Violence and masculinity in Hollywood war films during World War II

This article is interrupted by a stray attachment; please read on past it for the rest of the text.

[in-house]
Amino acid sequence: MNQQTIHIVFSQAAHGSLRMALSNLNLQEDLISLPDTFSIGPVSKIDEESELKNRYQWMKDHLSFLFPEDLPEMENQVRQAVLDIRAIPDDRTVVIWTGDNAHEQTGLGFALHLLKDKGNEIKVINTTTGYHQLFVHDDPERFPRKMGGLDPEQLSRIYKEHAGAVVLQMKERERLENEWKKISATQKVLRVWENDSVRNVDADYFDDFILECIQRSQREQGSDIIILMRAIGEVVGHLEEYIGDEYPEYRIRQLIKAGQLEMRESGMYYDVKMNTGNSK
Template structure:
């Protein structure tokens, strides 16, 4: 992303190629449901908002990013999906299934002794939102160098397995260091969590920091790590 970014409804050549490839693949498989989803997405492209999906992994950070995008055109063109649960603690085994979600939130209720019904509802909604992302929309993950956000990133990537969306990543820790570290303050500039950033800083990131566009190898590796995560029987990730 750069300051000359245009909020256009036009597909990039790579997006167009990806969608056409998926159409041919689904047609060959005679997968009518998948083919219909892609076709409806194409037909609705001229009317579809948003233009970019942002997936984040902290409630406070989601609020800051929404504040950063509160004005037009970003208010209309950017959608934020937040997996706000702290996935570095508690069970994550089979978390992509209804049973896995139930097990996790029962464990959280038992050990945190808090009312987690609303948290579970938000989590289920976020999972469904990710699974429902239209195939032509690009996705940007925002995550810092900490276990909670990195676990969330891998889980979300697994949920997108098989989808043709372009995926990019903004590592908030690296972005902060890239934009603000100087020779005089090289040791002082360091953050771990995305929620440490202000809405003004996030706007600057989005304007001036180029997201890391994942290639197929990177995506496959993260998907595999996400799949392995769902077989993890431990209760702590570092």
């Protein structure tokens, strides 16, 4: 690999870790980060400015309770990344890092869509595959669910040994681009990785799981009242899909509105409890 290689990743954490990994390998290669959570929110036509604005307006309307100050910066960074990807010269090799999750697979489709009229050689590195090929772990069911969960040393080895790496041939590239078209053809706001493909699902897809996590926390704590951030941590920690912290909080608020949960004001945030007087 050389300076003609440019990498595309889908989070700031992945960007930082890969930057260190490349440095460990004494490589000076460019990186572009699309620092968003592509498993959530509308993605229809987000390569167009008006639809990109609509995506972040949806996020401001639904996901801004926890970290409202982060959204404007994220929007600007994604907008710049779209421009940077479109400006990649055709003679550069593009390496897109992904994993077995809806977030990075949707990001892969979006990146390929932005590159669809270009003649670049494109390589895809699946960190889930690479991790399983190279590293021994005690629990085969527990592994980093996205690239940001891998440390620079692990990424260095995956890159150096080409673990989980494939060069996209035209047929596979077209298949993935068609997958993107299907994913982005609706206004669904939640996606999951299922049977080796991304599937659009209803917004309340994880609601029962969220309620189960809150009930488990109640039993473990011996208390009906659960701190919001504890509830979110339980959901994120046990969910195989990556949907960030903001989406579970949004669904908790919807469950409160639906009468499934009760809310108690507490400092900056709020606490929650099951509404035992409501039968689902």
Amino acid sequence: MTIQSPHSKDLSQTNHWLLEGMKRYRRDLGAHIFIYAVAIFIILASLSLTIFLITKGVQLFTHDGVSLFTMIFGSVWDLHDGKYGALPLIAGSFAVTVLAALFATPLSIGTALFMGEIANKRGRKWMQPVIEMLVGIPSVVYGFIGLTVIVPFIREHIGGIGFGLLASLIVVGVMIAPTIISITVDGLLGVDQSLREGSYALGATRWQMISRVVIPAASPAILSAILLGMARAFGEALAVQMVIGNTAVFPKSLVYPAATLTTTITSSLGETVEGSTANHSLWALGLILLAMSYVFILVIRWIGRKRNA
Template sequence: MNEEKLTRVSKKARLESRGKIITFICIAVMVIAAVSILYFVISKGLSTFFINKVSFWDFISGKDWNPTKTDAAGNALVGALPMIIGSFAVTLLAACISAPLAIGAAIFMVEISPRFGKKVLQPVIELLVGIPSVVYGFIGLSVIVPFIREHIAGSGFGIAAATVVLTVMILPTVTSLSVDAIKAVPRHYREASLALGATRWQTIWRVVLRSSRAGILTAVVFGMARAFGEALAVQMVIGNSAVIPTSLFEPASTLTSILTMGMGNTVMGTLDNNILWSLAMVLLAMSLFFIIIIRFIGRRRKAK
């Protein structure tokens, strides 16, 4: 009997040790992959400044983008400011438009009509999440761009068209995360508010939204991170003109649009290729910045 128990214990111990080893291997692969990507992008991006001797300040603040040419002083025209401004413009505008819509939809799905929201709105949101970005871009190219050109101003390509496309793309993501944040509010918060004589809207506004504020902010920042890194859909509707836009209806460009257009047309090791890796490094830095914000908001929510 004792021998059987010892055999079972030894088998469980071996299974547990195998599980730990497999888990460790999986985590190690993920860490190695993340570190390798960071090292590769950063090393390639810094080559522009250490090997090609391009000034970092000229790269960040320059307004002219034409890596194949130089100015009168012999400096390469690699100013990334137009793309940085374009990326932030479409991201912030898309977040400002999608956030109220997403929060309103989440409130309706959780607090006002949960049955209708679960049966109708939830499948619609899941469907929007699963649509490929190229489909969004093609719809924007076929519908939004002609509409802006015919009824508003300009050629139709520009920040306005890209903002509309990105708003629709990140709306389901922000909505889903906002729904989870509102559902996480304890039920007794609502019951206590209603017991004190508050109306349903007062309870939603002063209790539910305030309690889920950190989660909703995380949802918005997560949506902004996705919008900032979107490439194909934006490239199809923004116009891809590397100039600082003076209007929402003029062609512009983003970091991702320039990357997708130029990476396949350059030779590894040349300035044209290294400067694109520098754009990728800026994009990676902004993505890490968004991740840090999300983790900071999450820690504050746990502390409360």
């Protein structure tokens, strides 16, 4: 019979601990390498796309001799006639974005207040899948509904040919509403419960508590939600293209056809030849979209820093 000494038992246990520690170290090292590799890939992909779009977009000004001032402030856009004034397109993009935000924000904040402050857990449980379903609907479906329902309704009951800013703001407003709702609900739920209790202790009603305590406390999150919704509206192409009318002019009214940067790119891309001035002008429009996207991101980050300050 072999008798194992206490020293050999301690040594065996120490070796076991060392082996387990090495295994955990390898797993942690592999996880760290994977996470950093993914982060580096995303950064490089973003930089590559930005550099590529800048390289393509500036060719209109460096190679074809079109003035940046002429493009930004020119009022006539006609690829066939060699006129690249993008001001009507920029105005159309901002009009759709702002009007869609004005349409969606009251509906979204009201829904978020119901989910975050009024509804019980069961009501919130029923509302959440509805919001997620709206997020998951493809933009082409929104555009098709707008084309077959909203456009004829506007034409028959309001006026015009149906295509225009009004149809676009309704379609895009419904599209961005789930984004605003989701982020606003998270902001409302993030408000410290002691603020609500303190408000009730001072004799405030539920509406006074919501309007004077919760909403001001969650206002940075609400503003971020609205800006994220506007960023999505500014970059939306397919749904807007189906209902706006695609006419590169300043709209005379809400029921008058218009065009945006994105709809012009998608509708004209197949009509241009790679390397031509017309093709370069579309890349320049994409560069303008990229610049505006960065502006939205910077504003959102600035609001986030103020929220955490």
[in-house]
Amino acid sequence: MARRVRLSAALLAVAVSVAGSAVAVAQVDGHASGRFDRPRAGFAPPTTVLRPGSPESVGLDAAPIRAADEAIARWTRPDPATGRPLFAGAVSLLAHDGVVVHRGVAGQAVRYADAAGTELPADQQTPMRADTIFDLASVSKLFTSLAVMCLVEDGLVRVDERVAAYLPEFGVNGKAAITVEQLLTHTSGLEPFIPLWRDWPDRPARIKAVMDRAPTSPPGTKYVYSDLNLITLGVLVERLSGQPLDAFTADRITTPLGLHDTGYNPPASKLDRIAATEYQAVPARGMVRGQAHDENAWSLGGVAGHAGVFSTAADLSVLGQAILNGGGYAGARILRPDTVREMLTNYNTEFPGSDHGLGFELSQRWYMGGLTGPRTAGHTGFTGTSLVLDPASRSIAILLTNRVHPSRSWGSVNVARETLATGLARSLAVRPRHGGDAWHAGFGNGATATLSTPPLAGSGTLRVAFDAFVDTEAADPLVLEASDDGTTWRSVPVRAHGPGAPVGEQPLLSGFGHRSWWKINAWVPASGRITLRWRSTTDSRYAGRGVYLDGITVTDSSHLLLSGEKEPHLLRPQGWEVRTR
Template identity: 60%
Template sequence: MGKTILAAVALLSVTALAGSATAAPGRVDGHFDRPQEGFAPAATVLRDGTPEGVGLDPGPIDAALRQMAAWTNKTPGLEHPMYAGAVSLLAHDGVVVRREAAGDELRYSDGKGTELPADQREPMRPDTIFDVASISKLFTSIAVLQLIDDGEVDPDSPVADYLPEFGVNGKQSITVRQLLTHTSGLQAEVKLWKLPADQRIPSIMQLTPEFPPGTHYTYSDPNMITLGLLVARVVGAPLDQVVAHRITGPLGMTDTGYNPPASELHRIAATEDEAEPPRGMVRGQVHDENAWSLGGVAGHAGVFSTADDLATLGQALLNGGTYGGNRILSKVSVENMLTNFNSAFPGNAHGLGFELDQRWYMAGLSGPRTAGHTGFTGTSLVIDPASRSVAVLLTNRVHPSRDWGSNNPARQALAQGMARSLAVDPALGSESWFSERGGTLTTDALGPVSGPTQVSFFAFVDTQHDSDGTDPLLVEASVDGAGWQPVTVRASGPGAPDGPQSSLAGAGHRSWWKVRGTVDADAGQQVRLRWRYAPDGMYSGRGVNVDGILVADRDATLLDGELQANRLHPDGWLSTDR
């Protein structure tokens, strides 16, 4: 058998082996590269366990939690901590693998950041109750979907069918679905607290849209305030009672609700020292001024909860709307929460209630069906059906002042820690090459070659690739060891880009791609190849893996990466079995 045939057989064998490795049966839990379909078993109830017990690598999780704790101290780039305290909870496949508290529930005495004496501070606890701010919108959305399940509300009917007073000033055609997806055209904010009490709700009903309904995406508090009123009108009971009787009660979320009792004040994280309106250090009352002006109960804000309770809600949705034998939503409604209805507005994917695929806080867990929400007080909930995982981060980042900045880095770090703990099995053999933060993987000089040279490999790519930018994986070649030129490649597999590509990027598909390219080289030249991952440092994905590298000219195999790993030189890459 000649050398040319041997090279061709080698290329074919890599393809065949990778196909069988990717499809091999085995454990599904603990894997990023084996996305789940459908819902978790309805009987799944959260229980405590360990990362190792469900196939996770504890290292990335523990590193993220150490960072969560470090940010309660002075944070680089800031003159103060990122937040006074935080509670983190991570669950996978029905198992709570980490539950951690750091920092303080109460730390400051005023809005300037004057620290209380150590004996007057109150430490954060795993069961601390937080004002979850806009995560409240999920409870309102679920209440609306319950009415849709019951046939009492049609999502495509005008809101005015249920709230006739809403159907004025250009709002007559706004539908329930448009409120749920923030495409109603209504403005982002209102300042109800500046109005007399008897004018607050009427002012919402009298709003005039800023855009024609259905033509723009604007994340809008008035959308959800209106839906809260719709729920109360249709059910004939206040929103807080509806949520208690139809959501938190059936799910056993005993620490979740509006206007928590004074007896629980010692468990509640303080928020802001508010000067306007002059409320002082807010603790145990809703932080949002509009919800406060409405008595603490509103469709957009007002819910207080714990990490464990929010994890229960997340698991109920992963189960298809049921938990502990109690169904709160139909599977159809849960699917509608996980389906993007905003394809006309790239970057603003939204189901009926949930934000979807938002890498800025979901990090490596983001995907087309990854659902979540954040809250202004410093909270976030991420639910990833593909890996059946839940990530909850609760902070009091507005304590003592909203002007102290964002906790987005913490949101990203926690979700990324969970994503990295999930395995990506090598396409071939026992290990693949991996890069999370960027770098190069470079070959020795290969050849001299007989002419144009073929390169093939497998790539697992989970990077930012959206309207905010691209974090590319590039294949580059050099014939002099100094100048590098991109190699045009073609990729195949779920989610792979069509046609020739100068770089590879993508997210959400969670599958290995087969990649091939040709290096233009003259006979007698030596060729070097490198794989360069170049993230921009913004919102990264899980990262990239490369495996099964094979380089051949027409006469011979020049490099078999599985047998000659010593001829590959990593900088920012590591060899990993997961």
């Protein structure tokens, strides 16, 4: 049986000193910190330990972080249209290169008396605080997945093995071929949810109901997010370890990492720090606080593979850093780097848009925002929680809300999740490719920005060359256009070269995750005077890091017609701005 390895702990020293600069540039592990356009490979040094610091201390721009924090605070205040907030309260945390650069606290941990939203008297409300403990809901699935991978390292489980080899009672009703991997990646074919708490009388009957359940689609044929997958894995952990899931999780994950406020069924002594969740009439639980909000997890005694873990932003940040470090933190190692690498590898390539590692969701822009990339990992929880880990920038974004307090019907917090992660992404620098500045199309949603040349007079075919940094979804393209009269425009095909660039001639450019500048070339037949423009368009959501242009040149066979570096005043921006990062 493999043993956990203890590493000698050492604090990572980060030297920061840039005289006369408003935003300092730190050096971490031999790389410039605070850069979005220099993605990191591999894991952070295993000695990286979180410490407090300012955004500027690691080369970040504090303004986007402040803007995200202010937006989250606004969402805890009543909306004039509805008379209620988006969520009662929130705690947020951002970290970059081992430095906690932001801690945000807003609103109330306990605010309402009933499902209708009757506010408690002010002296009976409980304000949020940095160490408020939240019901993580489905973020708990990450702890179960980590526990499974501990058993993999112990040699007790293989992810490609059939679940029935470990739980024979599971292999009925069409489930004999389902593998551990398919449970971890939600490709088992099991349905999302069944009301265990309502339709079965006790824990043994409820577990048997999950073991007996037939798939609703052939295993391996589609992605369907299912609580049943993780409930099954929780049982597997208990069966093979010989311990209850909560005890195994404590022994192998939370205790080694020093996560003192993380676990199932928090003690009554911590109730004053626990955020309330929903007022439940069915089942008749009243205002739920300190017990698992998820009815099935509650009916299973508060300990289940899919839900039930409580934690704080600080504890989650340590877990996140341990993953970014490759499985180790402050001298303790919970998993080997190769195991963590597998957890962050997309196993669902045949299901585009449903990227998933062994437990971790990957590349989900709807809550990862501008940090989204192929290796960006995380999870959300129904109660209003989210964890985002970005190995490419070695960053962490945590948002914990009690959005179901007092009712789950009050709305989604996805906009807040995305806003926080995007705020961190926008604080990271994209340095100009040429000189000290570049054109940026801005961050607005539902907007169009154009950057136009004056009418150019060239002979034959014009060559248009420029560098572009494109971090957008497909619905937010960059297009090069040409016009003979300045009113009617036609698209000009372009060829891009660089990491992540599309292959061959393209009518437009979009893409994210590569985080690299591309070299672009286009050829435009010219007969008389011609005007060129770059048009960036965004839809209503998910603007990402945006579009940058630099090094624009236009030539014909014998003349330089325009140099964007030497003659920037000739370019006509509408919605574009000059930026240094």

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During World War II, the Hollywood studios produced an unprecedented number of war-themed films in order to help prepare American audiences for what was to come, as well as to profit from the popularity of anything pertaining to the war. As a result, soldiers were the predominant representation of masculinity from 1942 to 1945. The war's biggest influence on Hollywood, however, was the increasing freedom studios were given to portray violence onscreen in order to reflect the bloodshed of the war itself. Using the existing literature about Hollywood during the war, as well as primary sources from the period, this thesis examines the impact that the war had on violence in film with a focus on how Hollywood influenced the portrayal of masculinity through combat films. In order to illustrate how violence changed during the war years I begin my thesis by establishing the state of film censorship prior to the war. I make use of the gangster films as they were the most violent films produced during the 1930's and led directly to the censorship of film violence. The majority of my thesis focuses on film violence between 1942 and 1945, arguing that the war dramatically influenced censorship in the United States, and also that Hollywood helped to redefine masculinity through the combat films. I finish my thesis with an examination of films released between 1946 and 1950 that prove film violence continued after the war had ended and in genres other than the combat films.